The projects will ideally be hierarchical – exploring the implementation of high-level processes together with its systems and processes. Normally the RSAKs will be a separate project across the organisation or in distinct areas (such as departments/functions).

Icebergs within icebergs

In a similar way, it is imperative that each iceberg within a hierarchy of icebergs is linked and has objectives, processes and systems that are aligned to those of the organisation (see diagram below). Each department’s objectives must align with the corporate strategic focus and goals. The processes must flow throughout the organisation and the systems must be coherent throughout the organisation. To ensure that this becomes a reality, the strategic facilitator will need to embed this in the cascade process.


A chemical manufacturing company couldn’t recruit enough PhD Chemists to ensure continuity and succession planning. They examined the strategic focus and deemed that it was appropriate. They looked at the recruitment and hiring process and decided that it was best practice. They looked at all the (recruitment) systems and decided that they were adequate and suitable to attract graduates. They even reviewed the skills and knowledge of the HR staff who were involved in recruitment and found that, with minor exceptions, they were effective. So what was the problem?

They discovered, after some research, that the vast majority of (good quality) PhD chemists were being ‘syphoned off’ by the banks and investment firms.

It was something ‘outside their Iceberg’.

To combat it they set about creating a new process of developing materials and resources for teachers (in schools) to help ferment children’s interest in science so as to grow the number of potential university science entrants. Meanwhile they lobbied the Science Minister (of the time) and managed to get students who studied science at university additional funding and grants.

The projects will ideally be hierarchical – exploring the implementation of high-level processes together with its systems and processes. Normally the RSAKs will be a separate project across the organisation or in distinct areas. This will involve a series of workshops with individual departments/process owners to cascade the implementation and ensure that there is coherence between the strategic focus/goals and departmental objectives, so that the icebergs within the organisation all conform to the organisational iceberg and there is no inconsistency.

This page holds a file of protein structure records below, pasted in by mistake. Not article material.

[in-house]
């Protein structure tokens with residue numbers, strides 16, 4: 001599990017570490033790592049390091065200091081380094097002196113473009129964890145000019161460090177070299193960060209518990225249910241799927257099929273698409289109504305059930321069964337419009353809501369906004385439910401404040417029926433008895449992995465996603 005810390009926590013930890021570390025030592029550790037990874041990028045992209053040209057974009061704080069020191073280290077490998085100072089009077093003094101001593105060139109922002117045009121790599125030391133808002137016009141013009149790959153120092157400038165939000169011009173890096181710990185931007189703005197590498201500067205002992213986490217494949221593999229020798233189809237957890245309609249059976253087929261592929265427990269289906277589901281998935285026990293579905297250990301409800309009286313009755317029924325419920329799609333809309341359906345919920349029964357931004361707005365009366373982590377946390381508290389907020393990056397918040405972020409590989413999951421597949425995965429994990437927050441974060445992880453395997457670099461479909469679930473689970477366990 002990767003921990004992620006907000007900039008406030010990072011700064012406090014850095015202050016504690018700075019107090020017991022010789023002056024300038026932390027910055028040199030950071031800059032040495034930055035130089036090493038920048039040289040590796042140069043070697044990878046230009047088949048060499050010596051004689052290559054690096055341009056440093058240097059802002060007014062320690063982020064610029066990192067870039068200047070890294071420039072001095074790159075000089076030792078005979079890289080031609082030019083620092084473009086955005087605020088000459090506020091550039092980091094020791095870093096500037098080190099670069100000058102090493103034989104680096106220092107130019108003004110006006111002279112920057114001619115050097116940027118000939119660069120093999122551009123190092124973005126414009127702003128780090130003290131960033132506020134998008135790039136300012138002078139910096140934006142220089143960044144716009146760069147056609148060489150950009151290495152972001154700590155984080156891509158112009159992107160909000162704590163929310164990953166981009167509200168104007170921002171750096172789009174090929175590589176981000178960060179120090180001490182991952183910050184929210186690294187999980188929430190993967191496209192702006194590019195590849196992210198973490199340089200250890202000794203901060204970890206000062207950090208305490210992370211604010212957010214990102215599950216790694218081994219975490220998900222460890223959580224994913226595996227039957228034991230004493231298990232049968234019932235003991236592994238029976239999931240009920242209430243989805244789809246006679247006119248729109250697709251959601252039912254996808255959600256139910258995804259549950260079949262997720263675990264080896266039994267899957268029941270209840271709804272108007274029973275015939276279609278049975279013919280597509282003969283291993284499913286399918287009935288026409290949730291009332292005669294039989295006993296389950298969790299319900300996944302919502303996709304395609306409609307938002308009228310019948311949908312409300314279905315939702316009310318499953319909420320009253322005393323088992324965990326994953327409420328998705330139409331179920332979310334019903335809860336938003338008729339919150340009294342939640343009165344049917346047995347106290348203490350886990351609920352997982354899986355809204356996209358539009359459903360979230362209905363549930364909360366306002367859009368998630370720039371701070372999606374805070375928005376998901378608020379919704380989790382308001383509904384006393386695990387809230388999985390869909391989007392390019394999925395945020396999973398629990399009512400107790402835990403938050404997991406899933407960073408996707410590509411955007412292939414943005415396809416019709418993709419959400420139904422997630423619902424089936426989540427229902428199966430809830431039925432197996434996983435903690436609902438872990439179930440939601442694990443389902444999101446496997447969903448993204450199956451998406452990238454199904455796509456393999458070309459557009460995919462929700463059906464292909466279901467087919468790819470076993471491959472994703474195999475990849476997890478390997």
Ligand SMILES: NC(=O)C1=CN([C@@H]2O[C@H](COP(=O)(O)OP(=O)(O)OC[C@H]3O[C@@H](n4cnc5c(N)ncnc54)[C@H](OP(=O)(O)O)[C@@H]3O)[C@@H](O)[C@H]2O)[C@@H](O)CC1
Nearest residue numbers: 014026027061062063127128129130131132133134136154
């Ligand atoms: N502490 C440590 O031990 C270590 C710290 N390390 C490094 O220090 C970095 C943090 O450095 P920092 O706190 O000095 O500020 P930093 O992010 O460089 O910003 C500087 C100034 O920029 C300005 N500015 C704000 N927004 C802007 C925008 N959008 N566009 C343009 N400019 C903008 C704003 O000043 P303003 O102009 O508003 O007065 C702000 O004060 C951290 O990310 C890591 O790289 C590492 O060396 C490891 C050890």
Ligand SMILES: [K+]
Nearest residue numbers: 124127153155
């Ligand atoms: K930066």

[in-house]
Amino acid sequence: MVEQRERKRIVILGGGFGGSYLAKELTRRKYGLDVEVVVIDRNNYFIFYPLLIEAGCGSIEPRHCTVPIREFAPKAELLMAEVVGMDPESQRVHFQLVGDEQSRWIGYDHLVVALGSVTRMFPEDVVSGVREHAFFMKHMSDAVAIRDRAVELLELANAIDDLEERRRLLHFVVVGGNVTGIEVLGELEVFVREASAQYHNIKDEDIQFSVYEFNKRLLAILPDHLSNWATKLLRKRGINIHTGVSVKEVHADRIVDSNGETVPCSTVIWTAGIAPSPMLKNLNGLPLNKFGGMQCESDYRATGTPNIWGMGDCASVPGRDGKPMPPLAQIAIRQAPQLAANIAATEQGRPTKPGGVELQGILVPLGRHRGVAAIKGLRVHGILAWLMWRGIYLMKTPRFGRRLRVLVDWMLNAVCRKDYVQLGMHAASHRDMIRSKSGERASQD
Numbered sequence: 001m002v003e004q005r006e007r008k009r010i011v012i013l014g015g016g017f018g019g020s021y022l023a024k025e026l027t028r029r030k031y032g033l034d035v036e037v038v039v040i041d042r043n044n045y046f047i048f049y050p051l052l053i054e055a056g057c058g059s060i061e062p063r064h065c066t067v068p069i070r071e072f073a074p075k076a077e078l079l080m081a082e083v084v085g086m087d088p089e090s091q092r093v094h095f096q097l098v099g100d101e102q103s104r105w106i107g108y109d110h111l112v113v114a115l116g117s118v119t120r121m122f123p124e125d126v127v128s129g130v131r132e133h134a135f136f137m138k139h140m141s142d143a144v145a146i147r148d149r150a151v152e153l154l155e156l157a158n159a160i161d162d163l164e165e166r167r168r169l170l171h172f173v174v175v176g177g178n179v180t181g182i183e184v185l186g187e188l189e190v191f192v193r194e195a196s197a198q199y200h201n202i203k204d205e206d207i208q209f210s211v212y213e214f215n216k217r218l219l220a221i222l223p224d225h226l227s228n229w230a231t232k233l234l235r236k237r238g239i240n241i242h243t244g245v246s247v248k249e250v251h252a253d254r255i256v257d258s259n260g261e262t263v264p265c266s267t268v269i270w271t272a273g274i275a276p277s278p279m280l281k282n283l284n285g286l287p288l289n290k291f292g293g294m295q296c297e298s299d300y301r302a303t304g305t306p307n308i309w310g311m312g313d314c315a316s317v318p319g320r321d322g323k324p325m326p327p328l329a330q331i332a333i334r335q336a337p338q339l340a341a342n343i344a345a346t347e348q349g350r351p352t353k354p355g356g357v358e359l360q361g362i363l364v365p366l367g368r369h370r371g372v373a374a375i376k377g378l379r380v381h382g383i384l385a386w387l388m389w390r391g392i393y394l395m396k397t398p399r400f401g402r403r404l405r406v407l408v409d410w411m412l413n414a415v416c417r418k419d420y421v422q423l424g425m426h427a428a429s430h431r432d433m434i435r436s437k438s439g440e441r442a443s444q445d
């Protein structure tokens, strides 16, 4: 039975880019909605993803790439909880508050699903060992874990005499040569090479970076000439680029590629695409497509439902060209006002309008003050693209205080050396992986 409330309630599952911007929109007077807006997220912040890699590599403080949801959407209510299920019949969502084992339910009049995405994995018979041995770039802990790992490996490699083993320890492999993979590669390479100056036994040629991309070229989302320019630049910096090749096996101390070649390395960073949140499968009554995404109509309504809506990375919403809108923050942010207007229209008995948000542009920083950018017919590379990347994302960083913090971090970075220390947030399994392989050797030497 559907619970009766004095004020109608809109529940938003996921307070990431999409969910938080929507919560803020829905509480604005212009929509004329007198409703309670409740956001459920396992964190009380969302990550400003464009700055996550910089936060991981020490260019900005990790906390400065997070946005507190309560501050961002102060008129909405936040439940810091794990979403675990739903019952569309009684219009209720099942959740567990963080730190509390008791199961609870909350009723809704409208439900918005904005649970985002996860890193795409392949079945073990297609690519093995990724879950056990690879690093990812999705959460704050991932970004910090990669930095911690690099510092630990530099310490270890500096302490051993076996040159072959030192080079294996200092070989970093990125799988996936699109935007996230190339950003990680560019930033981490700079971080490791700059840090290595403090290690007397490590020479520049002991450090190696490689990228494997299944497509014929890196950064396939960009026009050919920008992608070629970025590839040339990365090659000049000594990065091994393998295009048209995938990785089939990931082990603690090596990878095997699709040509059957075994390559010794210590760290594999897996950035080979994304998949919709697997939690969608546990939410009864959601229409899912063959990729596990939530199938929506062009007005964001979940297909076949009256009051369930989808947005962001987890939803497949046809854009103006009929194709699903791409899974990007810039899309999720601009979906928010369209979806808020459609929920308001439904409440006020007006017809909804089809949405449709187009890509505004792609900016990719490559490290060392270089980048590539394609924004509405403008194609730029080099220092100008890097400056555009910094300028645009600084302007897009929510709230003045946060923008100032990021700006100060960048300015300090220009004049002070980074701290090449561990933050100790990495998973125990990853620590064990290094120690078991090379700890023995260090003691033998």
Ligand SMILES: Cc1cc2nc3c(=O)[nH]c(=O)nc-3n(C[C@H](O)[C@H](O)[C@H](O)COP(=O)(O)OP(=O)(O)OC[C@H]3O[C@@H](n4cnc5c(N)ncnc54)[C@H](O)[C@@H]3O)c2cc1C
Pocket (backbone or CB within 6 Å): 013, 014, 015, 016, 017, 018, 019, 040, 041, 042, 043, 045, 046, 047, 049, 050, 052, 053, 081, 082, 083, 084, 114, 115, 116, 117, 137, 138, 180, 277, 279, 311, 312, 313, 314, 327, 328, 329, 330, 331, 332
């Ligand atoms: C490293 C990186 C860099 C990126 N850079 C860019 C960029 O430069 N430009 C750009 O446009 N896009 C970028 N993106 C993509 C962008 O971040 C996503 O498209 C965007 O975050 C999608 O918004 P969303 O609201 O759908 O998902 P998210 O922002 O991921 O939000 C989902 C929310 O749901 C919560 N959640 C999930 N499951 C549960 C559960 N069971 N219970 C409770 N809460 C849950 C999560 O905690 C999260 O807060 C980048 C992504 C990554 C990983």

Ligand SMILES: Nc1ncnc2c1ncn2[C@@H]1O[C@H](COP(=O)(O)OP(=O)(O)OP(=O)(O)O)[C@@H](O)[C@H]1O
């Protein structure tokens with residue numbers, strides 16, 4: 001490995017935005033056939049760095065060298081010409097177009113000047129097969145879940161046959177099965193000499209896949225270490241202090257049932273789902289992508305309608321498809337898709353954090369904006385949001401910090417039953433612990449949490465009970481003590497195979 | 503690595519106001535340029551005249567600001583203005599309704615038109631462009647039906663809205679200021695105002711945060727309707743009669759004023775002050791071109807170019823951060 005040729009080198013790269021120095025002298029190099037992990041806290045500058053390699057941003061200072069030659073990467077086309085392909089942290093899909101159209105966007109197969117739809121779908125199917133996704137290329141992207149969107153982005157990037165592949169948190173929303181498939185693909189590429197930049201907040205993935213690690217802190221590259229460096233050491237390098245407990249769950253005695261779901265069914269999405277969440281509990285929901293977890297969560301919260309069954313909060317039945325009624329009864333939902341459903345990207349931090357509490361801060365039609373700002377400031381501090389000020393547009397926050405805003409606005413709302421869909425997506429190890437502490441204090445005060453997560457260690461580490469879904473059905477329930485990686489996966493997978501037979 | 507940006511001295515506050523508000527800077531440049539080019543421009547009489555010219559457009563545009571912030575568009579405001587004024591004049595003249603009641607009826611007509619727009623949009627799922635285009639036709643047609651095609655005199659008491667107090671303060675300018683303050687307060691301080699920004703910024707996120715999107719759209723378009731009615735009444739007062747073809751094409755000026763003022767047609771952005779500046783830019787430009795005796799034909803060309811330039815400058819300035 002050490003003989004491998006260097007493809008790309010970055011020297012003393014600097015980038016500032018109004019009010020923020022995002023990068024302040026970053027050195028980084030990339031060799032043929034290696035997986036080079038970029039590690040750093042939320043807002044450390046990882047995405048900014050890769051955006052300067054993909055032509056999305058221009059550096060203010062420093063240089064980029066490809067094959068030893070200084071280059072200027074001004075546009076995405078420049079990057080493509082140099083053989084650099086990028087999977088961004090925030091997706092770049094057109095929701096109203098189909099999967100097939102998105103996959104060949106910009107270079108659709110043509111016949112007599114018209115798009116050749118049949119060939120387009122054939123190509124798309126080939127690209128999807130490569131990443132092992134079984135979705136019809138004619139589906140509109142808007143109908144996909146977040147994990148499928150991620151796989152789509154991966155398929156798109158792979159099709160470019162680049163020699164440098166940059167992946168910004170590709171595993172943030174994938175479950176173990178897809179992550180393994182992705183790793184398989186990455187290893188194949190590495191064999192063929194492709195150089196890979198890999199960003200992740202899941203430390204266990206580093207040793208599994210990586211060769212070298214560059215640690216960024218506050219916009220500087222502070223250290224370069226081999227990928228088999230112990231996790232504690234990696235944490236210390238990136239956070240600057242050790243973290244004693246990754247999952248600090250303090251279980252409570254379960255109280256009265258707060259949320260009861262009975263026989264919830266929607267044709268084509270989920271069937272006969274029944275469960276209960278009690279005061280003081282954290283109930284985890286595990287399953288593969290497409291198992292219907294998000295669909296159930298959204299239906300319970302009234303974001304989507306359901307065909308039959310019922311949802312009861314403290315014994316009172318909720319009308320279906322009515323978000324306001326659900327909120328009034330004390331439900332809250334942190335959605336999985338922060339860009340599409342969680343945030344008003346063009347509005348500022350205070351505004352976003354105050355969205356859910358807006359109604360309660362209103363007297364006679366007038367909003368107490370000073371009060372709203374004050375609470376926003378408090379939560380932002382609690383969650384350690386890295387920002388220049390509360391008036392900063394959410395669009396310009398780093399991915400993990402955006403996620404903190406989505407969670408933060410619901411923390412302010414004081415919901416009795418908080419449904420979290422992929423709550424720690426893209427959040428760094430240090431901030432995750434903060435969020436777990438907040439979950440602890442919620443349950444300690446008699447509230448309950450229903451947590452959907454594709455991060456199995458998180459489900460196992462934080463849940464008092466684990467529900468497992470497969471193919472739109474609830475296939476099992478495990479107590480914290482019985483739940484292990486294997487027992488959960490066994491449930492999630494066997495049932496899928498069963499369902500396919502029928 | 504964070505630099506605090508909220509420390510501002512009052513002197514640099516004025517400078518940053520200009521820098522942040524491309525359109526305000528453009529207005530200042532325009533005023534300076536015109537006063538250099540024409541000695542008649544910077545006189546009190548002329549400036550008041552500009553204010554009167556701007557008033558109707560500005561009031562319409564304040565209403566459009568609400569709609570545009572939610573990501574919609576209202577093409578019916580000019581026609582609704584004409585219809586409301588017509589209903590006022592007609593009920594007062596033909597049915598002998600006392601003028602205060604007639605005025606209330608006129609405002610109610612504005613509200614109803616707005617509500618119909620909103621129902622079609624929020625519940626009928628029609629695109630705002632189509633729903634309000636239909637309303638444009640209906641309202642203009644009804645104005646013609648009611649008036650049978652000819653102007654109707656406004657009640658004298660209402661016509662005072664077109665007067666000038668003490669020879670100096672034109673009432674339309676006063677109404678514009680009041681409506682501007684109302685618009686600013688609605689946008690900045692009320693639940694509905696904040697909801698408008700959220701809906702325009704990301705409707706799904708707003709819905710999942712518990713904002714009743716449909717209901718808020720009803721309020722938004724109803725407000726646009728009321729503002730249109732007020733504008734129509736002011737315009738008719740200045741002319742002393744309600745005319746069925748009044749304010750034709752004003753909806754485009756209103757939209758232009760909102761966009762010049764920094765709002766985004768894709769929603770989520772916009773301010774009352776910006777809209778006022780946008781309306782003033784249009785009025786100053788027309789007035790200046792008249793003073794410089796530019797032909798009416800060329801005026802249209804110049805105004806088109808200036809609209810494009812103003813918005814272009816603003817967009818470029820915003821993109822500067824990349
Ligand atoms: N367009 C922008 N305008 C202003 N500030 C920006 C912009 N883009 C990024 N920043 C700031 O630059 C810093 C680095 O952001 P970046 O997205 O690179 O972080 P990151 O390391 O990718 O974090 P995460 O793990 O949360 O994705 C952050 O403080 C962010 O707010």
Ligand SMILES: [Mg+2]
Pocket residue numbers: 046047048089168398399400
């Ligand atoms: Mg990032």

Examining where an issue lies

If there is an issue that cannot be resolved in, for example, the department iceberg, then the strategic facilitator should help examine whether the issue lies outside that iceberg in a higher one (for example, organisation or corporate).

To do this, the strategic facilitator helps the group to map the issue on a series of icebergs, plotting the cause in the most appropriate iceberg and at the appropriate level (see diagram below).


Similarly, it is important that the strategic facilitator acknowledges and brings to the surface any comment from the organisation (or an individual) that suggests that the issue is outside the current set of icebergs (see below). Each department’s objectives must align with the corporate strategic goals. The structure must relate to the corporate norm and the systems must be coherent throughout the organisation.


The strategic facilitator should pay particular attention when humour is used to deflect attention from a serious issue or when someone wants to make a serious point, but doesn’t want to be ridiculed by their colleagues. This is most likely to happen in a dysfunctional culture.



Comments that suggest that the organisation can’t resolve the issue themselves will indicate that the issue is outside the current set of icebergs and this will need to be drawn to the attention of more senior management or, in some cases, by an industry body. For instance, there is a campaign being run by business lobby groups (such as the CBI) in the UK to encourage politicians to sanction the building of a third runway at Heathrow to ensure that the UK and London remain a key hub for international businesses. No amount of changes to structure or high-level processes will overcome the lack of infrastructure at a national level.